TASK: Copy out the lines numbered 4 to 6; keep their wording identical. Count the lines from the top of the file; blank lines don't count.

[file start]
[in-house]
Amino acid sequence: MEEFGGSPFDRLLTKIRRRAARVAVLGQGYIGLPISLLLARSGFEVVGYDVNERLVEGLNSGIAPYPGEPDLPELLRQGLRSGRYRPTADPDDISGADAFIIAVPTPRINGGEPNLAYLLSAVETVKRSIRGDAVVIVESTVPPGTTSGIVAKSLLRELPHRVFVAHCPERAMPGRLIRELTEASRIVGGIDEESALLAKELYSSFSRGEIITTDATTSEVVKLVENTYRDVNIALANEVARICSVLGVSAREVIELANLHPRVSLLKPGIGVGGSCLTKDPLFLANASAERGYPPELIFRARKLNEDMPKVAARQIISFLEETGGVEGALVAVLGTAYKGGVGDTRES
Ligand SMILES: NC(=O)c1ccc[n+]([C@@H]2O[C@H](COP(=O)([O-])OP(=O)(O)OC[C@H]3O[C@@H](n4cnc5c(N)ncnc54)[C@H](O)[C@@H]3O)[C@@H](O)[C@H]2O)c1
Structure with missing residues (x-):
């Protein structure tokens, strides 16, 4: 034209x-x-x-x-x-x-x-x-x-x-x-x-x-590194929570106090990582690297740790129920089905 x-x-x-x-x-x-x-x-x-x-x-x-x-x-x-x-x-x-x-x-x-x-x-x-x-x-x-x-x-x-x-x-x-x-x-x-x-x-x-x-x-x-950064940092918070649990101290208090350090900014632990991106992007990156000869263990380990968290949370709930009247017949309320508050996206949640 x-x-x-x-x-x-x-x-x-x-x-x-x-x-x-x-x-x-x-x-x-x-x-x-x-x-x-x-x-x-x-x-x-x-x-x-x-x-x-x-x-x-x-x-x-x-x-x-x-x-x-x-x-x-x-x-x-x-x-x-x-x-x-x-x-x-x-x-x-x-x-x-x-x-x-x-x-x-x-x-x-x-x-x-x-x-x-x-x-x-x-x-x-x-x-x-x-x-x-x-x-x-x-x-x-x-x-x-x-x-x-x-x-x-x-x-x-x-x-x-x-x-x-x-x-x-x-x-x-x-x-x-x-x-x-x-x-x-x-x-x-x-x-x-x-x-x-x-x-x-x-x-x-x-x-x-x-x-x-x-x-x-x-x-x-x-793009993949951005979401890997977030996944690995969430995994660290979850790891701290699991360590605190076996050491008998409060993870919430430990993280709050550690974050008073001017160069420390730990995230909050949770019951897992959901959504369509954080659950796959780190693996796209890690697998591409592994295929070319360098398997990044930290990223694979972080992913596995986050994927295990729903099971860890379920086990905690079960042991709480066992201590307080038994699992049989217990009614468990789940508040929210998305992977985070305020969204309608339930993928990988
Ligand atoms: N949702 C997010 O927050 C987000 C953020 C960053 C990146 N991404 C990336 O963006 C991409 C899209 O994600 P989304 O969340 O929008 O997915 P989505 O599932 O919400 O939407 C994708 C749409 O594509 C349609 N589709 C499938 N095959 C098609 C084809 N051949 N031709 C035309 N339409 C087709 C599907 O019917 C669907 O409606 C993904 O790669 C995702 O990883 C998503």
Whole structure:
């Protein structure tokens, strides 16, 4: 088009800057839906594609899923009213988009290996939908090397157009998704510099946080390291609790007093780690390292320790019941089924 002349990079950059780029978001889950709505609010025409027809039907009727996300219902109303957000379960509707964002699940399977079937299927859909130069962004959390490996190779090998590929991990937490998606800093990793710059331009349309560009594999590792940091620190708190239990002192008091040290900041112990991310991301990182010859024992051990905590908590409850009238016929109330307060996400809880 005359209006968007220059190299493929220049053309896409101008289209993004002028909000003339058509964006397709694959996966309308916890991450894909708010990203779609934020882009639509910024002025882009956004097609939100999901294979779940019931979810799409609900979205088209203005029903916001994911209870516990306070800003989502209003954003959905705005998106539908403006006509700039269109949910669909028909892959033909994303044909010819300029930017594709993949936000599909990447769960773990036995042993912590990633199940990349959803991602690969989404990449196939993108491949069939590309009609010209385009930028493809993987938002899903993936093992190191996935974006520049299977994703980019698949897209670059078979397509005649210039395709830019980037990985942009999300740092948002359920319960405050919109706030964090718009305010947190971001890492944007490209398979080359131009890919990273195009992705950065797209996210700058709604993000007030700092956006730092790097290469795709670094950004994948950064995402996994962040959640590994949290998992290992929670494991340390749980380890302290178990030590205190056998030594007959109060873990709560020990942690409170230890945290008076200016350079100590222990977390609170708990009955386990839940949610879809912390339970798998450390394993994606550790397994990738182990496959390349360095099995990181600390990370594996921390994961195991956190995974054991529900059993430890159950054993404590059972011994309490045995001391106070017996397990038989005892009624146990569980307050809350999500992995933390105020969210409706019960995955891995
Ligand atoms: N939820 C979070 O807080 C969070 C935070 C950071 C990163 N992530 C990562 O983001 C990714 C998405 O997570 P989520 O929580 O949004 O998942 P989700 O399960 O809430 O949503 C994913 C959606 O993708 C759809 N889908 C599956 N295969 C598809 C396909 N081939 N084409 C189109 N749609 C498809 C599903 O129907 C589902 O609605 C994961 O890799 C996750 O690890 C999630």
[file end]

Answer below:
Structure with missing residues (x-):
């Protein structure tokens, strides 16, 4: 034209x-x-x-x-x-x-x-x-x-x-x-x-x-590194929570106090990582690297740790129920089905 x-x-x-x-x-x-x-x-x-x-x-x-x-x-x-x-x-x-x-x-x-x-x-x-x-x-x-x-x-x-x-x-x-x-x-x-x-x-x-x-x-x-950064940092918070649990101290208090350090900014632990991106992007990156000869263990380990968290949370709930009247017949309320508050996206949640 x-x-x-x-x-x-x-x-x-x-x-x-x-x-x-x-x-x-x-x-x-x-x-x-x-x-x-x-x-x-x-x-x-x-x-x-x-x-x-x-x-x-x-x-x-x-x-x-x-x-x-x-x-x-x-x-x-x-x-x-x-x-x-x-x-x-x-x-x-x-x-x-x-x-x-x-x-x-x-x-x-x-x-x-x-x-x-x-x-x-x-x-x-x-x-x-x-x-x-x-x-x-x-x-x-x-x-x-x-x-x-x-x-x-x-x-x-x-x-x-x-x-x-x-x-x-x-x-x-x-x-x-x-x-x-x-x-x-x-x-x-x-x-x-x-x-x-x-x-x-x-x-x-x-x-x-x-x-x-x-x-x-x-x-x-x-793009993949951005979401890997977030996944690995969430995994660290979850790891701290699991360590605190076996050491008998409060993870919430430990993280709050550690974050008073001017160069420390730990995230909050949770019951897992959901959504369509954080659950796959780190693996796209890690697998591409592994295929070319360098398997990044930290990223694979972080992913596995986050994927295990729903099971860890379920086990905690079960042991709480066992201590307080038994699992049989217990009614468990789940508040929210998305992977985070305020969204309608339930993928990988
Ligand atoms: N949702 C997010 O927050 C987000 C953020 C960053 C990146 N991404 C990336 O963006 C991409 C899209 O994600 P989304 O969340 O929008 O997915 P989505 O599932 O919400 O939407 C994708 C749409 O594509 C349609 N589709 C499938 N095959 C098609 C084809 N051949 N031709 C035309 N339409 C087709 C599907 O019917 C669907 O409606 C993904 O790669 C995702 O990883 C998503």